Pilot's first Boeing 777 landing at San Francisco airport
Pilot was attempting his first Boeing 777 landing at San Francisco airport, airline says
Asiana Airlines said Monday that the pilot in control of the Boeing 777 that crashed in San Francisco Saturday had little experience flying that type of plane and was landing one for the first time at that airport.
Asiana spokeswoman Lee Hyomin told the Associated Press Monday that Lee Gang-guk was trying to get used to the 777 during Saturday's crash landing. She says the pilot had nearly 10,000 hours flying other planes, including the Boeing 747, but had only 43 hours on the 777.
Hyomin told Reuters that co-pilot Lee Jeong-min has 3,220 hours of flying experience with the Boeing 777 and a total of 12,387 hours of flying experience, and was helping his colleague with the landing.
In all, four pilots were on the plane and worked in rotating shifts during the 10-and-a-half hour flight from Seoul. The pilots were described by Asiana chief executive Yoon Young-doo Sunday as veterans, with more than 10,000 hours of flight experience. "And one pilot has 9,000, almost 10,000 hours' experience," he said.
On Sunday, a National Transportation Safety Board official said a preliminary review of recordings taken from the black boxes of an Asiana Boeing 777 flight that crash-landed into San Francisco International Airport Saturday showed that the plane was traveling “significantly” slower than normal on its descent before the crew called for more acceleration and another chance to land.
The crash killed two people and injured at least 182. The plane, traveling from South Korea slammed into the runway on Saturday morning, breaking off its tail and catching fire before slumping to a stop that allowed some passengers to flee down emergency slides into thick smoke and a trail of debris. Firefighters doused the flames that burned through the fuselage with foam and water, and police officers on the ground threw utility knives up to crew members so they could cut the seat belts of those who remained trapped as rescue crews removed the injured.
NTSB Chairman Deborah Hersman said during a press conference Sunday afternoon that flight crew on Asiana Airlines Flight 214 had a visible approach to the runway and put the plane’s landing gear down, according to communications heard in the cockpit voice recorder.
Hersman said the plane’s target speed for a landing was 137 knots (158 mph), and the crew had no discussion of anomalies or concerns with the way the plane was coming in for the landing.
But seven seconds before the plane hit into a seawall, one of the crew members called on the pilots to increase speed. Information from the flight data recorder said the plane was going below the target landing speed, and the engine throttles advanced.
Four seconds before impact, a “stick shaker” – a device that emits an oral and physical warning to the crew that the plane is about to stall – sounded off, Hersman said.
The crew then asked to abort the landing and make another attempt 1.5 seconds before impact.
Hersman said there were no reports of wind conditions or weather playing a role in the crash landing.
The black box recordings were taken from the plane wreckage and analyzed at a lab in Washington D.C.
Authorities are also looking into what role the shutdown of glide slope -- a pilot navigational aid -- had in the crash.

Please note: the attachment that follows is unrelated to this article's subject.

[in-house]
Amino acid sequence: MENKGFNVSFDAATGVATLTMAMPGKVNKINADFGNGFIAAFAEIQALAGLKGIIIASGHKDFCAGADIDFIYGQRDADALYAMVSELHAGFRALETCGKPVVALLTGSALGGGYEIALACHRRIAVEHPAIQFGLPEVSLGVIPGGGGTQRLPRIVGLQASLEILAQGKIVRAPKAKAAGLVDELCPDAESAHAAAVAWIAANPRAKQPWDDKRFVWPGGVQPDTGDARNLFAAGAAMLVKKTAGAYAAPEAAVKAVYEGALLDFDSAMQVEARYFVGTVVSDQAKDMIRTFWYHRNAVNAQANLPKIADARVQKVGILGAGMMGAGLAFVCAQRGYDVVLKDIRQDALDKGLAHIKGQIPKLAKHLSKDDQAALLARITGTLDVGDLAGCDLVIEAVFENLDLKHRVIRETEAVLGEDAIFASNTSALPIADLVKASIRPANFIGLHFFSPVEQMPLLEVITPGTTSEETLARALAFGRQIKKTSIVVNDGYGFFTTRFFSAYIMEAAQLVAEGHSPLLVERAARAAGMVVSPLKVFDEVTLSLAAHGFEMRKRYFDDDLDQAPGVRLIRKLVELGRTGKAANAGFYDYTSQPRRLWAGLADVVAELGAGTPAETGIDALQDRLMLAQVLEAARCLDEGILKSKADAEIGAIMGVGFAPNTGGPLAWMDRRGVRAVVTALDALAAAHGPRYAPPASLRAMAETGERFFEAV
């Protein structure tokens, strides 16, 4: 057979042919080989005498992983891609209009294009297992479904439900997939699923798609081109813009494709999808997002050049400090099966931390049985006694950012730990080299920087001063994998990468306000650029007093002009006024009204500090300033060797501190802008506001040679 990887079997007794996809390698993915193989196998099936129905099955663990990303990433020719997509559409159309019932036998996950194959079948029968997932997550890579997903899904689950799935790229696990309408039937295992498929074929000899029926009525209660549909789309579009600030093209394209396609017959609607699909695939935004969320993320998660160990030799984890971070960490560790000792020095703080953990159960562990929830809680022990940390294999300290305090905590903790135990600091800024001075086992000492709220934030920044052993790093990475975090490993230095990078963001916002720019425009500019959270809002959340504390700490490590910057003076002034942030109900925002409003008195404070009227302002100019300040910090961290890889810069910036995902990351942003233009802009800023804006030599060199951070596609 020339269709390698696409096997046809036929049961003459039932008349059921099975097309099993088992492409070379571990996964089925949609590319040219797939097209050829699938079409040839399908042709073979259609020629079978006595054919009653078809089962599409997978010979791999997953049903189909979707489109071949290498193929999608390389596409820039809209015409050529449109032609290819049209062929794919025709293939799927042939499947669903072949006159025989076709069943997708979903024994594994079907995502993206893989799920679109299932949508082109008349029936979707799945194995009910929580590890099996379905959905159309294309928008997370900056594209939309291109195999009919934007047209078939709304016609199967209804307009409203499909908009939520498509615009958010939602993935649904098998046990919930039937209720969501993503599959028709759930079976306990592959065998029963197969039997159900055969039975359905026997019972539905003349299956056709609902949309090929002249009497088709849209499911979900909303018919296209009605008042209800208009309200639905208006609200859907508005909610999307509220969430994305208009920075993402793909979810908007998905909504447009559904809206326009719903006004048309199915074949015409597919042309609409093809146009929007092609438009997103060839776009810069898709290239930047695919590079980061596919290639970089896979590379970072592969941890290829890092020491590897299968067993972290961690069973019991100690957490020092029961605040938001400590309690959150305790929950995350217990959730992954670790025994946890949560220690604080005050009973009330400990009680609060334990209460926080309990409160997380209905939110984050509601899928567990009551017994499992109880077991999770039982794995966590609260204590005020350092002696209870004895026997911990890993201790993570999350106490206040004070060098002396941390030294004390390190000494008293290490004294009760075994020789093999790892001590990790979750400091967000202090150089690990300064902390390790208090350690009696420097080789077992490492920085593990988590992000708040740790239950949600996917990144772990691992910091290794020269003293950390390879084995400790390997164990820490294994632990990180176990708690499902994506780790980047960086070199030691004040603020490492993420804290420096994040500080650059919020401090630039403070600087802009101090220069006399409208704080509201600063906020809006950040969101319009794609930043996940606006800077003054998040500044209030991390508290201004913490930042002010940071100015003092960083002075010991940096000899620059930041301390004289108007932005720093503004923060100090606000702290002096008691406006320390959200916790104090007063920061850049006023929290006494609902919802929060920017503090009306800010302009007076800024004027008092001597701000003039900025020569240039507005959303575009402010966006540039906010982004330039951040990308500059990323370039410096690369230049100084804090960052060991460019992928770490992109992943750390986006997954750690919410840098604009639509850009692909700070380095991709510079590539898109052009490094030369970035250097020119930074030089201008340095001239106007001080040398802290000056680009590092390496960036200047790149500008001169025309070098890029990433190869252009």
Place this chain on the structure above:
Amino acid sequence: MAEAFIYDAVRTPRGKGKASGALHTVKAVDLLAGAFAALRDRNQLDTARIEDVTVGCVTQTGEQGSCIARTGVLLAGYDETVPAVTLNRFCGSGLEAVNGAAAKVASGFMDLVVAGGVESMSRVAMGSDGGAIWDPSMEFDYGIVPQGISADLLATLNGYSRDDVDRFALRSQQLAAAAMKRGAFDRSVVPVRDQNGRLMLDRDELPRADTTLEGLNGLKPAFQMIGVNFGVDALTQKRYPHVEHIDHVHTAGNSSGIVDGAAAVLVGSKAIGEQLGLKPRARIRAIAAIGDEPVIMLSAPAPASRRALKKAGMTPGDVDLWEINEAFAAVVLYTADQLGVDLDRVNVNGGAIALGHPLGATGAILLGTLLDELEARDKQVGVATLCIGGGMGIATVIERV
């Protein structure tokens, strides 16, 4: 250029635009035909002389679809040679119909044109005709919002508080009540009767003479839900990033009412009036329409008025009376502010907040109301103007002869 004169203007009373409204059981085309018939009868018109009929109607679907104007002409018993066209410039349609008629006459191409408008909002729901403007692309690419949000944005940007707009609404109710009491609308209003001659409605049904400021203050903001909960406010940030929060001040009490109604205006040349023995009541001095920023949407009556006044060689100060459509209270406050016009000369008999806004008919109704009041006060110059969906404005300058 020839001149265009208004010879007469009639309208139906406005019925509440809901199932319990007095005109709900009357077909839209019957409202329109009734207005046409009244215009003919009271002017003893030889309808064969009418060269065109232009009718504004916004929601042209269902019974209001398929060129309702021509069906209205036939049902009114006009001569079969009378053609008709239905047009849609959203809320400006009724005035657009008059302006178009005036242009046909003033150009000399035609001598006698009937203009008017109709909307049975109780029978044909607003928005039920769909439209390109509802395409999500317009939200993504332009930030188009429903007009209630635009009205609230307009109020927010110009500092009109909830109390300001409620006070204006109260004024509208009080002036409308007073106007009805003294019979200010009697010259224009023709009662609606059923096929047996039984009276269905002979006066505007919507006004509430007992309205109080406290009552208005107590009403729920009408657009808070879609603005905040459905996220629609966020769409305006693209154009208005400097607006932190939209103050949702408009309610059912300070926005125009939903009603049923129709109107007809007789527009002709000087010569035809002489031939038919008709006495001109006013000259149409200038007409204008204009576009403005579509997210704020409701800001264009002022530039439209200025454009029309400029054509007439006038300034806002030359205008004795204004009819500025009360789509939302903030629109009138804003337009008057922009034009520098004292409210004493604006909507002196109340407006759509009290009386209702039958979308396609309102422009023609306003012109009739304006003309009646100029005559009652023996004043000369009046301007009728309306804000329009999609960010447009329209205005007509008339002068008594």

Earlier Sunday, Hersman said on CBS' "Face the Nation" that the system is a ground-based aid that helps pilots stay on course while landing and it has been shut down at the San Francisco airport since June. The pilots, however, were notified before the crash that the system wasn't available.
Aircraft security experts told Reuters that the glide slope system is not essential for routine landings, but it's not unusual for airports to disable them for maintenance reasons.
"The pilots would have had to rely solely on visual cues to fly the proper glide path to the runway, and not have had available to them the electronic information that they typically have even in good weather at most major airports," said Captain Chesley "Sully" Sullenberger, who crash landed a plane in New York's Hudson River in 2009, told a CBS news affiliate, according to Reuters.
"What that means is that then the automatic warnings that would occur in the cockpit when you deviate below the desired electronic path wouldn't have been available either. So we don't know yet if that's a factor in this particular situation, but that's certainly something they'll be looking at," he said.
An NTSB team arrived Sunday at the scene of the crash to investigate.
Hersman said the NTSB is currently focusing on gathering perishable information from the accident scene and getting the airport fully operational again.
San Francisco Mayor Edwin Lee said at a news conference Saturday evening that all 291 passengers and 16 crew members onboard the plane had been accounted for, but officials said 182 people were taken to area hospitals. As of Sunday, 19 people remain hospitalized with six in critical condition, one being a child.
Dr. Margaret Knudson of the San Francisco General Hospital said among the 53 people they have treated, they have seen large numbers of abdominal injuries, some spinal fractures -- with a few causing paralysis -- and patients with head trauma.
She also said they were "surprised" to see a few patients with severe road rash, describing it as when someone crashes on a motorcycle without wearing leather.
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